UK: Scottish Devolution From The Scotland Act 1998 To The Scotland Bill 2012 And Beyond - A Brief Summary

Last Updated: 4 May 2012
Article by Neil Amner and Robin Corbett

Biggart Baillie has many clients from outwith Scotland, who have interests in Scotland. Devolution and the movement towards possible independence are of significant interest to those clients. We provide advice to clients, too, on the workings of the Scottish Parliament, including promotion of private legislation. We offer the following summary of the current position, and are happy to advise on all related matters.

Scotland Act – Scottish Parliament

"There shall be a Scottish Parliament". This is the opening statement of the first section of the Scotland Act 1998. The Act transformed the constitutional position in Scotland within the UK by establishment of its own parliament.

The Act deals with:-

  • How the Parliament is elected;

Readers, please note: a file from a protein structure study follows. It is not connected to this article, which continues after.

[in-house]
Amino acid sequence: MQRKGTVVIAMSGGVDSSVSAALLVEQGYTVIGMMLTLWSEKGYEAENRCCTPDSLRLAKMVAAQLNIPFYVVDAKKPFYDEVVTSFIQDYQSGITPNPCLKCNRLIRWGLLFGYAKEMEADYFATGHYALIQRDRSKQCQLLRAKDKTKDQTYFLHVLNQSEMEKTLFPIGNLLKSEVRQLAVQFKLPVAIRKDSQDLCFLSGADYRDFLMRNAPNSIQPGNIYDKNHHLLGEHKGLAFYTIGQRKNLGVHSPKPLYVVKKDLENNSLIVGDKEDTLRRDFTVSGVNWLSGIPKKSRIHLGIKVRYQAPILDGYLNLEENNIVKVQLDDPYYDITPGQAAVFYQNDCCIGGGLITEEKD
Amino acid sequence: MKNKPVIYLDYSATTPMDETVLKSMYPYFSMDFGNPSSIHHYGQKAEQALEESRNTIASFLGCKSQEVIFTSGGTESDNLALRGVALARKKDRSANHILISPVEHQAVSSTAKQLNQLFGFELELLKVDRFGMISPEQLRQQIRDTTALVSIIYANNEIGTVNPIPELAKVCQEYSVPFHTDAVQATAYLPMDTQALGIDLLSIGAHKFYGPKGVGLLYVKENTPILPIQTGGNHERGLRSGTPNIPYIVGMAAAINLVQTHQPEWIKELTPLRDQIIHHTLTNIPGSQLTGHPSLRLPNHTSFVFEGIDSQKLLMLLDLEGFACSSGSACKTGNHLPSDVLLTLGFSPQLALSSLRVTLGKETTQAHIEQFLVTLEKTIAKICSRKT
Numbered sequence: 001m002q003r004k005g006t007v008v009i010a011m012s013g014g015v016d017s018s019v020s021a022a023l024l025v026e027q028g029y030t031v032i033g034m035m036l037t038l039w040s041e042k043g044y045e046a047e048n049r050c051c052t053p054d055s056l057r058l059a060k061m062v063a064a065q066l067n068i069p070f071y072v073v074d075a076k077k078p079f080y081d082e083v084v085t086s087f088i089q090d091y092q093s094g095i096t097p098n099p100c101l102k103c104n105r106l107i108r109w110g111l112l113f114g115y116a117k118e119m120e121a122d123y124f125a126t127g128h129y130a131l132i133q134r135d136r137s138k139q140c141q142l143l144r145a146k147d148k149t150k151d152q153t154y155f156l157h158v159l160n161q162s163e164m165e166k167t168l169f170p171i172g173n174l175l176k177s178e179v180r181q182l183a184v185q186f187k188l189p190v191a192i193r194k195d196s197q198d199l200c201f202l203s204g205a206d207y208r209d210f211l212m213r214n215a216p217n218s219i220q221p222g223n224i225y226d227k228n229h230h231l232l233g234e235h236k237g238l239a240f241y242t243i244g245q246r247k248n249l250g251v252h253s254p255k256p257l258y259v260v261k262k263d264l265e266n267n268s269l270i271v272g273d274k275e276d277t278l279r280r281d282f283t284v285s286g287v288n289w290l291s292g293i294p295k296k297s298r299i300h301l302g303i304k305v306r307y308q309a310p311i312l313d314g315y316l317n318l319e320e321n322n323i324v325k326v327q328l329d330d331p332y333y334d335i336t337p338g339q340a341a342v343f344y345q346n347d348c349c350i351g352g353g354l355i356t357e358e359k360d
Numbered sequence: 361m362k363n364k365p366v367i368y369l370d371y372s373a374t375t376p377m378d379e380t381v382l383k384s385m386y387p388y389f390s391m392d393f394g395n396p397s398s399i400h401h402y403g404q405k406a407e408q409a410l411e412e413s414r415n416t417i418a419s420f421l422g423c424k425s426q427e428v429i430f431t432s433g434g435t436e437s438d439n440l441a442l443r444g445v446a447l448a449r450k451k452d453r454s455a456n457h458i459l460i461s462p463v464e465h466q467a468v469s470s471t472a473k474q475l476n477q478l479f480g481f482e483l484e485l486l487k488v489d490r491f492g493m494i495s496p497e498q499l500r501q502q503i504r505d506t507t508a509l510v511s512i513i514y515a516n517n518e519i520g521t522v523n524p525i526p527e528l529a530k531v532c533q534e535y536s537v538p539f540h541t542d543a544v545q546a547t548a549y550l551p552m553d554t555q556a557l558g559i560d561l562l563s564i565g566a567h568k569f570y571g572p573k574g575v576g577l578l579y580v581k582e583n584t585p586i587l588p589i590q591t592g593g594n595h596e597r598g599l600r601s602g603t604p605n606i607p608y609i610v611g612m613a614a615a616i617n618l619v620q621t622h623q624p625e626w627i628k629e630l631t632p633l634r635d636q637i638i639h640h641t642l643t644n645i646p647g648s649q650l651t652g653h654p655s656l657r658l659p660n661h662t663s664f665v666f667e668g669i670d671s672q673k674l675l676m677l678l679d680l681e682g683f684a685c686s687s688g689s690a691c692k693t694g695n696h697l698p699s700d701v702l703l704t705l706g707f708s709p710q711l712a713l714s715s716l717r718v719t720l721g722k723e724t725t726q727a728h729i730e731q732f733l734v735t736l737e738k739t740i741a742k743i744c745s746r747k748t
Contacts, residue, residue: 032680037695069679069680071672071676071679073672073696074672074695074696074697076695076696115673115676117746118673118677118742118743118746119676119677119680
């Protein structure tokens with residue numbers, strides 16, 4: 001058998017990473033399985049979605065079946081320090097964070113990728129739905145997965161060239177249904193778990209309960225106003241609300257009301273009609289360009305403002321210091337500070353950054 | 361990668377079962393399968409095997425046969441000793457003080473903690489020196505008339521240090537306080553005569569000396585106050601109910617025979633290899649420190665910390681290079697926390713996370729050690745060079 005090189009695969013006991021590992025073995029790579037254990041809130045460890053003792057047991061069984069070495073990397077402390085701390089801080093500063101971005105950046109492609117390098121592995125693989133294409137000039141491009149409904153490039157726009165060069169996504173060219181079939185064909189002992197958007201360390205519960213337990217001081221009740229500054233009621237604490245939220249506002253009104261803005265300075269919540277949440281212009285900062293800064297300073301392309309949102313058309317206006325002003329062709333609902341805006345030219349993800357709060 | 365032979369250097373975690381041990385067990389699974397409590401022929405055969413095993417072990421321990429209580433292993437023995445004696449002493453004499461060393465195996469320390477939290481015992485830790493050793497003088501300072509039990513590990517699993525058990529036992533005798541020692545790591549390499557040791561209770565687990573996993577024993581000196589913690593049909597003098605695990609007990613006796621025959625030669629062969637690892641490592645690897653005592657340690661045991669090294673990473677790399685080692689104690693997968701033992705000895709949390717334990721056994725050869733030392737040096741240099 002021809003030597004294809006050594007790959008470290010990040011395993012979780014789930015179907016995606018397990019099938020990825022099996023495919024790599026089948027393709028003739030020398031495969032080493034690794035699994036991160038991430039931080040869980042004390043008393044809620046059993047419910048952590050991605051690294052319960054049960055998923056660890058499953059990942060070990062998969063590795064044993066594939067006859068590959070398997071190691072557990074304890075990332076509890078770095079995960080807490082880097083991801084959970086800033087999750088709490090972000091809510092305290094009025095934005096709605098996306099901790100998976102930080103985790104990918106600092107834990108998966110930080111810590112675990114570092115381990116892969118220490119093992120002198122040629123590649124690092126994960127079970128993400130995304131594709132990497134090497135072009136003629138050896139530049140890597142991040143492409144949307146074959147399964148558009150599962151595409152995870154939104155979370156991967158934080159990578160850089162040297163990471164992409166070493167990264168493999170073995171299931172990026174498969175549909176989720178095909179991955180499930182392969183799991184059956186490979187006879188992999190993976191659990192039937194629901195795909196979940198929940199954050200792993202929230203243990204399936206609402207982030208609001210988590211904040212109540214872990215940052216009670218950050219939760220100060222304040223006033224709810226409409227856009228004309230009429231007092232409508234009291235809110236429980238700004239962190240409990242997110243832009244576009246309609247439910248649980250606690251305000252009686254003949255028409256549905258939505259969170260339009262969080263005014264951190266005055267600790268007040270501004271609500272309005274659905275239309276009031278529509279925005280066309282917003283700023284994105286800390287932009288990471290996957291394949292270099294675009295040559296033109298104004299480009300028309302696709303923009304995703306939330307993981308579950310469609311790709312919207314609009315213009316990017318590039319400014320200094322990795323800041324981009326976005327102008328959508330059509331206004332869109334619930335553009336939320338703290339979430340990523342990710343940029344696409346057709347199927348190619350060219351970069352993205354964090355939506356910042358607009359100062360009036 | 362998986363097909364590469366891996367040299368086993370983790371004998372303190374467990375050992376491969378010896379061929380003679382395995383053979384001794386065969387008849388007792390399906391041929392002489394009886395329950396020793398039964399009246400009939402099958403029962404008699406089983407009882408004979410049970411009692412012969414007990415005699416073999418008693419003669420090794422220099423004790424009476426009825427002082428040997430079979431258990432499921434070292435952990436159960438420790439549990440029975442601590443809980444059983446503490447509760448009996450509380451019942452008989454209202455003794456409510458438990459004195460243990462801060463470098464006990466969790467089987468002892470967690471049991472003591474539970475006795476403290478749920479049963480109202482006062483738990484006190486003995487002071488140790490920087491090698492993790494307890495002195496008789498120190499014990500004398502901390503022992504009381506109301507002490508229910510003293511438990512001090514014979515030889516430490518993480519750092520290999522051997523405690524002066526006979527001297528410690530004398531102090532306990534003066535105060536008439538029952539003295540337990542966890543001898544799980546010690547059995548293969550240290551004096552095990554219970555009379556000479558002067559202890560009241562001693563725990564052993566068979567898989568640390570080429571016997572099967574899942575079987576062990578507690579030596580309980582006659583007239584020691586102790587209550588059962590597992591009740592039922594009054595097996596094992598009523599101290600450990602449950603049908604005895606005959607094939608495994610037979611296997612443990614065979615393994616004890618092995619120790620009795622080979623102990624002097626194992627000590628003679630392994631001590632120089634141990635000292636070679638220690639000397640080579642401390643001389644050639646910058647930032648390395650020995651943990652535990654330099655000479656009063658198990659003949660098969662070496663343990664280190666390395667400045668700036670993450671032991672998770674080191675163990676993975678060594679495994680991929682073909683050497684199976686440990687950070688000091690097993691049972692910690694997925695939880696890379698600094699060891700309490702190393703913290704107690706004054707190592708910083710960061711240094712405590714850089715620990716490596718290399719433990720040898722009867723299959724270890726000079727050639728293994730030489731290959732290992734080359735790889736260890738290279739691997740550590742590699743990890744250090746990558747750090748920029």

• The powers the Parliament has;
  • Provision for the appointment of a First Minister and Scottish Executive and the powers for the First Minister and Scottish Executive;
  • the relationship between the Scottish Parliament and the existing UK Parliament and UK Government;
  • The "tartan" tax ability to raise or lower basic rate of income tax by up to 3p in the pound.

The Parliament has legislative powers, but unlike the UK Parliament its powers are limited. Commonly its powers and limits are referred to as devolved and reserved. The extent of the devolved and reserved matters can be modified which the current Scotland Bill proposes to do.

Scottish Executive – Scottish Government

The legal name of the in power administration under the Scotland Act is the "Scottish Executive".